Maybe it is too early in the process when stroke inpatients are still in recovery, heading for neutral on the health/disease continuum rather than into the plus scale of well-being.
Possibly they are still adapting to the new reality.
Like many family members who witness a loved one go through critical illness, this has been a trauma for me too.
Dimensions of Post-traumatic Growth
My own personal growth has occurred across all 5 dimensions of the model of PTG proposed by Tedeschi and Calhoun.
- Relating to others: The relationship between mothers and daughters can be fraught, but I have experienced a softening and a greater intimacy in our relationship.
- New possibilities (new roles and people): I seem to have spent the summer in a new role as an amateur rehab therapist! Joking aside I do think it is a good idea for the professionals to train family members to support the work they do. I have met some great therapists who’ve cared for my mother, and I’ve bonded with relatives of other stroke patients.
Personal strength: I now consider positive psychology to be the pilates of the well-being world as I have found that I have more core strength than I ever knew possible.
- Spiritual change: There has been a deepening in my spirituality. This crisis has lifted me out of the minutiae of everyday life into contemplation of what life is about and its meaning and purpose. The fellowship of the gospel choir I sing in has, in particular, sustained me.
- Deepened appreciation for life: I am positively savoring every precious moment with my mother in the last days of summer.
My resilience may have been tested over the last few months but being a positive psychology practitioner has enabled me to cope positively. I have developed psychological buns of steel.
Akhtar, M. (2012). Positive Psychology for Overcoming Depression: Self-Help Strategies for Happiness, Inner Strength and Well-Being. London: Watkins.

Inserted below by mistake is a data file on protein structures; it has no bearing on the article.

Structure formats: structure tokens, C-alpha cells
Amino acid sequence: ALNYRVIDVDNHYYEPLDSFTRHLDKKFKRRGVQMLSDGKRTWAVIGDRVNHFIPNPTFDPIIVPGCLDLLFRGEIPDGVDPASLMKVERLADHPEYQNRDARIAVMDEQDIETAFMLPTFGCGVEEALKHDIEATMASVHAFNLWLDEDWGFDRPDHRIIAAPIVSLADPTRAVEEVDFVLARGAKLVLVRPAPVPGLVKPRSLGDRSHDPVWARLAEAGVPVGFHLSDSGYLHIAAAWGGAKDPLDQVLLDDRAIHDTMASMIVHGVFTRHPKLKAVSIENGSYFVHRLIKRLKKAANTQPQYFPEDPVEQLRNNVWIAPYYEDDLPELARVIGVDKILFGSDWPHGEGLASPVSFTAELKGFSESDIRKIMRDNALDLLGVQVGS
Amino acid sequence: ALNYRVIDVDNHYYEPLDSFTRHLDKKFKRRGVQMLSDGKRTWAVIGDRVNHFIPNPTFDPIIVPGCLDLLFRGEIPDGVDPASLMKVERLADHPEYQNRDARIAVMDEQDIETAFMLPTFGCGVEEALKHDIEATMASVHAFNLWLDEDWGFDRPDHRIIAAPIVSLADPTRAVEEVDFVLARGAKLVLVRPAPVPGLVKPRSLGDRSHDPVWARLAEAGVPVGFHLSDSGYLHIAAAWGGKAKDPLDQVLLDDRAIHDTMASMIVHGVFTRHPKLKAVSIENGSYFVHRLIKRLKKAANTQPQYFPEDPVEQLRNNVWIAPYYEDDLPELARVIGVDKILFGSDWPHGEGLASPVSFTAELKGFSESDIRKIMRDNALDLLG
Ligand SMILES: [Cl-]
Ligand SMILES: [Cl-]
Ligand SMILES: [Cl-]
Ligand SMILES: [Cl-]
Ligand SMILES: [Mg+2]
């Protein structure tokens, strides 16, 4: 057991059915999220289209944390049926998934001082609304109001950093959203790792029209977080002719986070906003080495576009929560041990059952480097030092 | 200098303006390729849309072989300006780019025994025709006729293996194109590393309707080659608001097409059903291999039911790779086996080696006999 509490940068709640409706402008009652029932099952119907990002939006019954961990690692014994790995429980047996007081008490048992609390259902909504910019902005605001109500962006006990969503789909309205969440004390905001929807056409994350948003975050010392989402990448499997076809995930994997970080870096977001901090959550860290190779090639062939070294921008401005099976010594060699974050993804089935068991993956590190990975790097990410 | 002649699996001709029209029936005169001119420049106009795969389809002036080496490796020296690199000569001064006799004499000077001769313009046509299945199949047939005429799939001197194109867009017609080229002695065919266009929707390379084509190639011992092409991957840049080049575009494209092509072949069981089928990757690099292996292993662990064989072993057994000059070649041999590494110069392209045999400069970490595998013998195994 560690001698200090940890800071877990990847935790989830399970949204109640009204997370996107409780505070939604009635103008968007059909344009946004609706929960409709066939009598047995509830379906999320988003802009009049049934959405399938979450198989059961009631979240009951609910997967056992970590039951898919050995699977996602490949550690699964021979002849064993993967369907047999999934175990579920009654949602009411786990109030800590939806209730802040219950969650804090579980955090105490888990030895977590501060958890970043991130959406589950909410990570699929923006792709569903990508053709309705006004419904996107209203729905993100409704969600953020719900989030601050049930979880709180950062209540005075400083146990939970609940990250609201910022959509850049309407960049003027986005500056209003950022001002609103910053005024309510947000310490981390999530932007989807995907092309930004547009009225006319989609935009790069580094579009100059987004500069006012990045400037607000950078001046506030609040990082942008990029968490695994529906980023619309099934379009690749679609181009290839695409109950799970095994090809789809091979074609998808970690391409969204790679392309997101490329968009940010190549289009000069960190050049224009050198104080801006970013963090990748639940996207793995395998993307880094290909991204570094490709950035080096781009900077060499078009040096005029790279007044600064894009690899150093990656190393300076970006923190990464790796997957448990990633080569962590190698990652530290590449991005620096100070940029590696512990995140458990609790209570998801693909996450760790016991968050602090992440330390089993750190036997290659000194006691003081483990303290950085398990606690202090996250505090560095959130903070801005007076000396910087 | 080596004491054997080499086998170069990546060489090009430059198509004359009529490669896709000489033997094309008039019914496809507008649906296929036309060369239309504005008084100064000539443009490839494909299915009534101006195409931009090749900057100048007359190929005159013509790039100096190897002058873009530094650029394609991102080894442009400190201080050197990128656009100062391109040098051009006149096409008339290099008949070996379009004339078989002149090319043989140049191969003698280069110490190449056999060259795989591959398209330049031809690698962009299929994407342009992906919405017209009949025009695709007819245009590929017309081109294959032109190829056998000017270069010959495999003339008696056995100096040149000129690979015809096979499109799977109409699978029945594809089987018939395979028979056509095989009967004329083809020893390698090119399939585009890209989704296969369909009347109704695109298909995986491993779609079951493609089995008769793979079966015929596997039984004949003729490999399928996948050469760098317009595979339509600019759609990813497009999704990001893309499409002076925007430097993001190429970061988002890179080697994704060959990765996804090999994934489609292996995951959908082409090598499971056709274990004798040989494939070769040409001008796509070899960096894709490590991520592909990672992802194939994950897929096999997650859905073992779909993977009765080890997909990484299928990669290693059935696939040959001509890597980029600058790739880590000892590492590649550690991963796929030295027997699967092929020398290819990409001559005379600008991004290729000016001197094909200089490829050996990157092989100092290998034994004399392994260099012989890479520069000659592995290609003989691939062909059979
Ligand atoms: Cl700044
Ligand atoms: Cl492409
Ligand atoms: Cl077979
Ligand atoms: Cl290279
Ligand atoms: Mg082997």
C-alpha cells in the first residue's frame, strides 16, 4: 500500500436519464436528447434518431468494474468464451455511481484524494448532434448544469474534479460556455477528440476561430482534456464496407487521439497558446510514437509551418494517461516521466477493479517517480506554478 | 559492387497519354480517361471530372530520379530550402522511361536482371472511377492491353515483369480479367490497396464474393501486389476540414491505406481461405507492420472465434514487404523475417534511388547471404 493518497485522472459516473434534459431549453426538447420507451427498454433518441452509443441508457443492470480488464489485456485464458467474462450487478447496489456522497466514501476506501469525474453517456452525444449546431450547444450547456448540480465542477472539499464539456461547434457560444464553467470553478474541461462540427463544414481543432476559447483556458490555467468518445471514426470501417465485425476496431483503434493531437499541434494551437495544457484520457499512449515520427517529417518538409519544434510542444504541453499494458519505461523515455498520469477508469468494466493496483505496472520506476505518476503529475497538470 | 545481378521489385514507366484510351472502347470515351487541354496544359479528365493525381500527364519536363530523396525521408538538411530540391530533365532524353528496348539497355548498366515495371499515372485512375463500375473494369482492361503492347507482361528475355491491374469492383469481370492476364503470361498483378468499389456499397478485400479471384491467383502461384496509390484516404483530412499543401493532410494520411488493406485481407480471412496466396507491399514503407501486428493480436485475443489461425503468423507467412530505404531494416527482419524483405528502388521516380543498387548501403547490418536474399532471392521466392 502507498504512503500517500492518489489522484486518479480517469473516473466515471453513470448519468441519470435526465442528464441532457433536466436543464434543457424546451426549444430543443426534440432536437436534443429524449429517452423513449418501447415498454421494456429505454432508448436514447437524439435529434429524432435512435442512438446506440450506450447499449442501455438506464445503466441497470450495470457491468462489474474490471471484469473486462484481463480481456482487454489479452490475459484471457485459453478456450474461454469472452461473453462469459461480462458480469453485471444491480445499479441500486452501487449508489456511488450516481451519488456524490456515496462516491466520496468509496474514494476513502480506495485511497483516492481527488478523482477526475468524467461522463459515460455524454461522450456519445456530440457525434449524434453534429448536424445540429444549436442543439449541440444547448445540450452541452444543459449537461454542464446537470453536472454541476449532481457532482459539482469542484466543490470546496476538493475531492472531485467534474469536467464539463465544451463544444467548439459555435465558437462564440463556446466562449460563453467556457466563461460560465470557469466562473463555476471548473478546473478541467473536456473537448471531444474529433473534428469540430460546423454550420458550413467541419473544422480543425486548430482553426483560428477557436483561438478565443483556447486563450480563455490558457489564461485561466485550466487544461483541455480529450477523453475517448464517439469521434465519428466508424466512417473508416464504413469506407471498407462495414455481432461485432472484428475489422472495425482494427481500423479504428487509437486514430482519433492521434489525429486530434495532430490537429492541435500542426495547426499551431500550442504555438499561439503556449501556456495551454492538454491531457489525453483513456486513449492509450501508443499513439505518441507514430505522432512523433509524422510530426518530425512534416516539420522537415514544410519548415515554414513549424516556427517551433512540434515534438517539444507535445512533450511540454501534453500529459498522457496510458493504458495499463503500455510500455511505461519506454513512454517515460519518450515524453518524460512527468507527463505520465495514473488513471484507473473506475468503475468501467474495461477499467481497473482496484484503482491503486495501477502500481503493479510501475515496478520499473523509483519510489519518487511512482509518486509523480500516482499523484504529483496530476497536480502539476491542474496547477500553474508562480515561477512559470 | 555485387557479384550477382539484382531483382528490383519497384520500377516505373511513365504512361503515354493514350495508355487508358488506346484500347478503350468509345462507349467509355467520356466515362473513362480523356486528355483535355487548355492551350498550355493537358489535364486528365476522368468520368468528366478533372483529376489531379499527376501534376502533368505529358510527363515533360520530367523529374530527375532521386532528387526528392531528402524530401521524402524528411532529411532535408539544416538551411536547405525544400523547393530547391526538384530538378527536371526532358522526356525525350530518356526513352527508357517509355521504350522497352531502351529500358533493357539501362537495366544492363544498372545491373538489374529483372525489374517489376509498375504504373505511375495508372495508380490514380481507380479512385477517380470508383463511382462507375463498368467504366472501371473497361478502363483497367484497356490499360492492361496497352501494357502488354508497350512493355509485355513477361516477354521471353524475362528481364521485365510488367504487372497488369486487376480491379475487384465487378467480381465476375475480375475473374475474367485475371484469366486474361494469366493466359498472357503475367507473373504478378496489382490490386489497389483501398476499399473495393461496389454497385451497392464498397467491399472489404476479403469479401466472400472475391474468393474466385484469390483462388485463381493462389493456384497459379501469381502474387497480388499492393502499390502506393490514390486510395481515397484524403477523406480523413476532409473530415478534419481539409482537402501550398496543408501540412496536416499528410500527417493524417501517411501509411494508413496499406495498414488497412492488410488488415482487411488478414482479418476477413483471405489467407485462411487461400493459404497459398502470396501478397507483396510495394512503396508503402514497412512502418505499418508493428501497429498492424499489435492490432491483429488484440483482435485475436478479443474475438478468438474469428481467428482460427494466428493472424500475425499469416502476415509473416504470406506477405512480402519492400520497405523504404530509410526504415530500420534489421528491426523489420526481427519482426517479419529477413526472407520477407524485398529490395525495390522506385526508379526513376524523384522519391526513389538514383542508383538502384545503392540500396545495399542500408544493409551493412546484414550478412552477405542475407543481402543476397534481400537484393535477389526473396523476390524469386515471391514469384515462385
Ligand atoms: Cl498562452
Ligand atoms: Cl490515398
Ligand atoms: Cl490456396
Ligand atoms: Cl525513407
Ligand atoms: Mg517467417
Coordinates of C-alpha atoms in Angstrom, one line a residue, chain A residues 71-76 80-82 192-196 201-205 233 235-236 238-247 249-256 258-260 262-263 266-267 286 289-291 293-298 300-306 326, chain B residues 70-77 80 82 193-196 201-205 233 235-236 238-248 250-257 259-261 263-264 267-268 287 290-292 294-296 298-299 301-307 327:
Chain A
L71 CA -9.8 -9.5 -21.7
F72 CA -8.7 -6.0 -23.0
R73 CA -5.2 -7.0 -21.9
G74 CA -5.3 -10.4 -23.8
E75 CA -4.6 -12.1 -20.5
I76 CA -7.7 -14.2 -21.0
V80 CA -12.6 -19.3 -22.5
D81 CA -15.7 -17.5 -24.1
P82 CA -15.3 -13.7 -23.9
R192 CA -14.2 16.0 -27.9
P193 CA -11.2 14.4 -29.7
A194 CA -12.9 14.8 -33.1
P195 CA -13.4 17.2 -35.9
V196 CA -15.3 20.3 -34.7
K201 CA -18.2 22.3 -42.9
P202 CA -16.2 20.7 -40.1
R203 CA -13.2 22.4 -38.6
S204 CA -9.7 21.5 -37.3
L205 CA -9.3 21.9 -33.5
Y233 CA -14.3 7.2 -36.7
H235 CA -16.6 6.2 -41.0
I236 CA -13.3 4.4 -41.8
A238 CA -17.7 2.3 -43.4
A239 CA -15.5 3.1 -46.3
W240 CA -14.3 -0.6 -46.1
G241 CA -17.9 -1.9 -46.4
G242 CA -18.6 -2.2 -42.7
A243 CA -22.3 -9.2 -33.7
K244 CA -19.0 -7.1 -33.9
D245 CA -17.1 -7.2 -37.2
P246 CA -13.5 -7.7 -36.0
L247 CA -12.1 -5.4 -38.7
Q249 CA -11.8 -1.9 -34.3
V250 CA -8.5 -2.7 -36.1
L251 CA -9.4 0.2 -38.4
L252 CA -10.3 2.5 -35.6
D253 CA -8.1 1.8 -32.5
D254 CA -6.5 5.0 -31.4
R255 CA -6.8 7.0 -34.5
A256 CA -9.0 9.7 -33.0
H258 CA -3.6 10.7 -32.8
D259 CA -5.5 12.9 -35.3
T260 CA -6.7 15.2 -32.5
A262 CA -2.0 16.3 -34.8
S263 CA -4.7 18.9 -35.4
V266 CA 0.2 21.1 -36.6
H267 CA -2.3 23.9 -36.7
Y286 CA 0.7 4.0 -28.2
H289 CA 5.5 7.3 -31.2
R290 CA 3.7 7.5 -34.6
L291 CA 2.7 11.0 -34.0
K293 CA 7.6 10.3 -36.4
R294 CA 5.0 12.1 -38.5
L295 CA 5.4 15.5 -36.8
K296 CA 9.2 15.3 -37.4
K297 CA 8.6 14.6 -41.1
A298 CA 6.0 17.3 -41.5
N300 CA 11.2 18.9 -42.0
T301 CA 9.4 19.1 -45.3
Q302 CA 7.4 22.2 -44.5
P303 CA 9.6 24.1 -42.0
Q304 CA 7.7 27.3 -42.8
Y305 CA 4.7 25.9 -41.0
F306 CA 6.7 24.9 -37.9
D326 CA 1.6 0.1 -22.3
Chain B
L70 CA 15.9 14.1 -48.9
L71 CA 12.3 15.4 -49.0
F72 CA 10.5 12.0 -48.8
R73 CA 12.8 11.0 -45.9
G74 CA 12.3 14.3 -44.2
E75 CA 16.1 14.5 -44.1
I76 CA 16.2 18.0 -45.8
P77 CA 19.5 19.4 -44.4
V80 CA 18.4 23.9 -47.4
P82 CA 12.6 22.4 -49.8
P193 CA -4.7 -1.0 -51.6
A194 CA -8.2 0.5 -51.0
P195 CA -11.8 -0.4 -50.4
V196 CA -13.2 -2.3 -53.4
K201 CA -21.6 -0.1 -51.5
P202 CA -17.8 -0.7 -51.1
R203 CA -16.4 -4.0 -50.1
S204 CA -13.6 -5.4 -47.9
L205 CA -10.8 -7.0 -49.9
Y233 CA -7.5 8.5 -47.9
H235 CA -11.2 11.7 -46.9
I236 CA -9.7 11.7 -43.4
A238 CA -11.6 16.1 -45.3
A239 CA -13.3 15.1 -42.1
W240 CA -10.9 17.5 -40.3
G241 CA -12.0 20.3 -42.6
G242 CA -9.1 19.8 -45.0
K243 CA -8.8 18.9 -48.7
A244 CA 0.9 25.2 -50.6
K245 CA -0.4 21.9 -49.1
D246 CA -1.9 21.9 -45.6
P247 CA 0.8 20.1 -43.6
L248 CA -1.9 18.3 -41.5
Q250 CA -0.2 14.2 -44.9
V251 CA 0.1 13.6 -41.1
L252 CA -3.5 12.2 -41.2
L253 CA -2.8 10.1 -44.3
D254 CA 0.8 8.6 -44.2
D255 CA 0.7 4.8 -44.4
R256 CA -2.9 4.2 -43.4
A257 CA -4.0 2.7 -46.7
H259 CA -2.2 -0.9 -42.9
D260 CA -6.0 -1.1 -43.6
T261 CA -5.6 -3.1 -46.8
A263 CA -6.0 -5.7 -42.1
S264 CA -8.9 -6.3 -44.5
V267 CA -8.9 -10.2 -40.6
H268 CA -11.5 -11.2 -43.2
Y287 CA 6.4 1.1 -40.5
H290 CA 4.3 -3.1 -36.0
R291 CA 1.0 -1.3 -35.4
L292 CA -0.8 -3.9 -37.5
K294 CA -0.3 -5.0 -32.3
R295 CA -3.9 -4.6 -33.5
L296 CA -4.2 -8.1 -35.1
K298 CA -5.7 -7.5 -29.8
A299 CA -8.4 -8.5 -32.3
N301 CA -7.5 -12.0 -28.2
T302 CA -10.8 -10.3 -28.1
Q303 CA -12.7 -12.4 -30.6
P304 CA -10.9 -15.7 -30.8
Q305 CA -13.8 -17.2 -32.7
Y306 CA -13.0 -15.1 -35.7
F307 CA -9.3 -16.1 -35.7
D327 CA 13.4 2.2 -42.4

Calhoun, L. & Tedeschi, R. (2012). Posttraumatic Growth in Clinical Practice. Routledge Press.
Dweck, C. (2007). Mindset: The New Psychology of Success. New York: Ballantine Books.
McMakin, I. (In press). Finding Happiness: A Positive Psychology Group for Stroke Inpatients. Contact Isla Mcmakin (Cardiff and Vale UHB – Psychology Training);
Seligman, M. E. P. (2011). Flourish: A Visionary New Understanding of Happiness and Well-being. New York: Free Press.
Teasell R.W., McRae, M.P. and Finestone, H.M. (2000). Social issues in the rehabilitation of younger stroke patients. Archives of Physical Medicine and Rehabilitation 81(2), 205-209. Abstract.
Tedeschi, R.G., & Calhoun, L.G. (2004). Posttraumatic Growth: Conceptual Foundations and Empirical Evidence. Psychological Inquiry, 15(1), 1-18.
Photo Credit: via Compfight with Creative Commons licenses
Robert Wilkinson quotation courtesy of be_your_guru
Pat Marino’s recovering brain courtesy of Mikey G Ottawa. Pat Marino was a jazz guitarist who sufferend a brain aneurysm that wiped out much of his memory. He was able to relearn the guitar by studying his old recordings. More in a National Public Radio story.
Pilates instructor courtesy of heraldpost